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Put Your Networking to Work
It's an overused word, but an underused tool.
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 by Pari Noskin Taichert
Bad Girls Press

Pari Noskin TaichertWe've all heard the old saw: it's not WHAT you know; it's WHO you know.

Well, that expression irks me. It's so cynical. The insinuation is that you can be the smartest, wisest, most educated being this side of Alpha Centuri and you still won't succeed unless you schmooze.

And yet, clichés are clichés for a reason.

Networking isn't a new concept, though sales gurus and executive trainers would have you believe otherwise. Truth is, it takes people to help people in both profit and nonprofit settings.

One of the main problems with popular networking advice is it's based solely on numbers - with no nod to humanity. Sure, the more people you know, the more people will know about what you want to promote. However, it's also true that people can sense when they're being used and they rarely respond joyously to feeling like they are intellectual or business meat.

So, how does a person with ethics and a healthy sense of kindness work the networking angle without feeling like a total hypocrite?

Here are some pointers:

1. You can network anywhere. I always kid about networking at the grocery store; folks, it isn't a joke. You never know when you might find someone who wants to help you or whom you'll want to help. The same is true in cyberspace. Opportunities abound. You can make meaningful contacts at your kids' school, the doctor's office, the car repair shop, parties, etc. So, don't limit yourself to networking only in professional settings. 

2. Go where you feel comfortable. Sure, there are TIPS clubs and professional organization meetings and on and on. But don't go to places because of some common-knowledge "should." Instead of being strategic to the exclusion of your feelings, pay attention to them. Go to meetings, lunches or soccer games precisely because you enjoy them. You'll be more natural in those environments and will be able to make truly useful connections.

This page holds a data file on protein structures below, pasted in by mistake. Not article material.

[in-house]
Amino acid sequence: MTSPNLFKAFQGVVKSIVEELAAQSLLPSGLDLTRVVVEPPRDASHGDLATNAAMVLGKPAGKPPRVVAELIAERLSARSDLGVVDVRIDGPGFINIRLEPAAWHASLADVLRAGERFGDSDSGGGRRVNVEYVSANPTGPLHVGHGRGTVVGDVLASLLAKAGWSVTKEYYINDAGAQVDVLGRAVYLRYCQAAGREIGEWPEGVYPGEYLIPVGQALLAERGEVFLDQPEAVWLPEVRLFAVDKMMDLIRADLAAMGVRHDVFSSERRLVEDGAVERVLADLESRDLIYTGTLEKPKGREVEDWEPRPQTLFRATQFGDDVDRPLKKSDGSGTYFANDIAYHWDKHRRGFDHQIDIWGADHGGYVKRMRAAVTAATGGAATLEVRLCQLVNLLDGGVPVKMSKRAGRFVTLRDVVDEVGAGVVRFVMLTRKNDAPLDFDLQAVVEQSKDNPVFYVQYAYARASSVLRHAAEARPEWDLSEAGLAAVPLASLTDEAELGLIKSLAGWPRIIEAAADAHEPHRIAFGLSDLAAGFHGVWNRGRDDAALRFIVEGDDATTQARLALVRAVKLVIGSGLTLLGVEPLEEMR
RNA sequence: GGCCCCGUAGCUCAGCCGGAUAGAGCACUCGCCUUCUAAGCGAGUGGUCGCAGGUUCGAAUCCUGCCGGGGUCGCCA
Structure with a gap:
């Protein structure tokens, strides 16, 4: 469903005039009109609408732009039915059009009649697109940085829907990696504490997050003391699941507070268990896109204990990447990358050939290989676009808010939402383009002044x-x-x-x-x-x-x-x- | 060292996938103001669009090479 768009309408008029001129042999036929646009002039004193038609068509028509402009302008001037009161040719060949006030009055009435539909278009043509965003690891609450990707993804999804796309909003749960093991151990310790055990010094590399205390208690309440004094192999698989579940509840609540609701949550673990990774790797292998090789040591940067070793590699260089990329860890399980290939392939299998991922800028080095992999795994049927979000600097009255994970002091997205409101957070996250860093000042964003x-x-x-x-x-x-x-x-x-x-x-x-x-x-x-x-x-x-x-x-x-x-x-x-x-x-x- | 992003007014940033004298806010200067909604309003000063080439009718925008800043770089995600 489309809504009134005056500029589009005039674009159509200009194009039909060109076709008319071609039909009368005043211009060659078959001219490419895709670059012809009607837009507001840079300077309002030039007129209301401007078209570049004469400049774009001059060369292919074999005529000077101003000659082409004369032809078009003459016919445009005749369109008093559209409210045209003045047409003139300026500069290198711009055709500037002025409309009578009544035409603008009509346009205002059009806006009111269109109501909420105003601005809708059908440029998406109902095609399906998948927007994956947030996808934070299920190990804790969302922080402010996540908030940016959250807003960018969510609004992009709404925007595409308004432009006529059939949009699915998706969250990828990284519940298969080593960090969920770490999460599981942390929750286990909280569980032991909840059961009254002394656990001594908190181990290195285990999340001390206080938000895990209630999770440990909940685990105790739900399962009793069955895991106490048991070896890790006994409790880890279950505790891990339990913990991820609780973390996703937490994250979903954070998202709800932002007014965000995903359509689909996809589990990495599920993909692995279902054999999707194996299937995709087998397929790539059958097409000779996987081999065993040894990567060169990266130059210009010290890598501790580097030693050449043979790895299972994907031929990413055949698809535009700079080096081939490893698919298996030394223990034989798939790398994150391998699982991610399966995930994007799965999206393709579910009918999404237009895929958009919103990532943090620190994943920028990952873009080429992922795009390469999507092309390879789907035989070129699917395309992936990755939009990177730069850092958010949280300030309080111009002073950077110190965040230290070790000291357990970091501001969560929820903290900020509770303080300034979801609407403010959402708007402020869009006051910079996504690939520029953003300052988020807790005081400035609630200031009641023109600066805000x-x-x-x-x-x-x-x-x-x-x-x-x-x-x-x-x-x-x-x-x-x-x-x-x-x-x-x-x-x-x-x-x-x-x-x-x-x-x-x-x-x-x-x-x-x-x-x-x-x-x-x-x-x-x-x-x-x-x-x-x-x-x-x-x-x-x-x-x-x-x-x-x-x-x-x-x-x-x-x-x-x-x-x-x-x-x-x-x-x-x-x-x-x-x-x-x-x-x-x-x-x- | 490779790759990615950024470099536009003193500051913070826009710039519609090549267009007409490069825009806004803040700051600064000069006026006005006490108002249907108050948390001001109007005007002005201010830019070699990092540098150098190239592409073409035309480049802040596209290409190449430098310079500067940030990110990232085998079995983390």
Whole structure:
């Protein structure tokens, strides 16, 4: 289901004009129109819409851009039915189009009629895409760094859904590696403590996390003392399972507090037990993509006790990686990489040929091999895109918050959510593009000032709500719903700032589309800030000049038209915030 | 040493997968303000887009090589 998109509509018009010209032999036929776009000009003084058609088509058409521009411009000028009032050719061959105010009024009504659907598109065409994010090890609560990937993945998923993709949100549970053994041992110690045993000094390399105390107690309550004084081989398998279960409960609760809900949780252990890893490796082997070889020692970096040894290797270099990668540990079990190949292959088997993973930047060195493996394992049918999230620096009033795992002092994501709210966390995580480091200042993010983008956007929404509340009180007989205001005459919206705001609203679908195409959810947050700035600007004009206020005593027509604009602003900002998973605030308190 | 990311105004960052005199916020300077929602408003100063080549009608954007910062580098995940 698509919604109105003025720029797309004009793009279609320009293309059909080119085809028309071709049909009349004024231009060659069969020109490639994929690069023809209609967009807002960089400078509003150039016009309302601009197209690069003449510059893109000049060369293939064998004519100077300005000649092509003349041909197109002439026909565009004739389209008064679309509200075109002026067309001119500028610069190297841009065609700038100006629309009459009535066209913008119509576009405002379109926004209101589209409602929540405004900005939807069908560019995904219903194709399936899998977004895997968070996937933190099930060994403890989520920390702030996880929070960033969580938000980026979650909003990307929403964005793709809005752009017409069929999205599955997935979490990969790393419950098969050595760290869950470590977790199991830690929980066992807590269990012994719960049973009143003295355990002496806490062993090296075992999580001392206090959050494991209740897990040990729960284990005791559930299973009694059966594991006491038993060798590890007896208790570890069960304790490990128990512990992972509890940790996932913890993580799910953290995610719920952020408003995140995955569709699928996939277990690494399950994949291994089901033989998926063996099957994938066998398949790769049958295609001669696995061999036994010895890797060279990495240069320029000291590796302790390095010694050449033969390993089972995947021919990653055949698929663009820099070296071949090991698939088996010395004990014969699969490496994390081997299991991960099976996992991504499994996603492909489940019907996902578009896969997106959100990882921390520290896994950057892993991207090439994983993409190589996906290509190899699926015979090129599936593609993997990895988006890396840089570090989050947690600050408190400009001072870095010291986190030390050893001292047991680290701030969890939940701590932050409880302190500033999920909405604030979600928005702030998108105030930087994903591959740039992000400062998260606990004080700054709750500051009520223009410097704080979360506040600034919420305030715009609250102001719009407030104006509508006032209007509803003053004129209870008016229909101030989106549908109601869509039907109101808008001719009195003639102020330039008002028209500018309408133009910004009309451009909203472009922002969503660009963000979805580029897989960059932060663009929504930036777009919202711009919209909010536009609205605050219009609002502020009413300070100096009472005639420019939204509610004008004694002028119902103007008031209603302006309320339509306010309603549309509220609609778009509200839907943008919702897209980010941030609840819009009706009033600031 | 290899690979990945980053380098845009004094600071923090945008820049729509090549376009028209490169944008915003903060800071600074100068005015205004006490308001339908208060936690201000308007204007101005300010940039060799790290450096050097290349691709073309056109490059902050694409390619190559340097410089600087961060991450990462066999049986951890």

3. Don't overmarket. Yes, Virginia, this is such a thing as marketing too darn much. We've all met the bore who won't stop talking about his or her accomplishments. Well, that same bore exists in the business world-and too much of anything makes you sick. When you're talking with someone, make sure the conversation is truly two-way.

4. Elevator speeches sound canned; never sell a fake you. One of the tricks to networking is honesty. Of course, you should prepare some good talking points about your product (and you). But if you stick to a script in a social situation, you're bound to sound insincere. And that's a definite turn-off.

5. Try to follow up. This isn't as easy as it sounds. Most of us don't have all the time in the world to send personal, hand-written notes to everyone we've met and with whom we felt a connection. At the very least, send hand-written notes to a few people with whom you really clicked. I firmly believe that's more effective than any kind of mass thank-you. That said, a mass email is better than nothing.

6. Keep in touch. Newsletters, emails, phone calls, dates, lunches, walks, kaffeeklatsches . . . there are many, many ways to keep yourself top-of-mind with other people. But the key here is to do something!

Remember: underlying all of these pointers is an assumption of activity. You can't network in a vacuum.

But take heart.

If you believe as I do - that everything you do is public relations - you're probably already networking without realizing it. These suggestions simply help you to be more effective at what you naturally are doing anyway.

Pari Noskin Taichert has been doing some form of public relations ever since she could coo. Even her fiction features a PR pro. Contact her through her author website: or through

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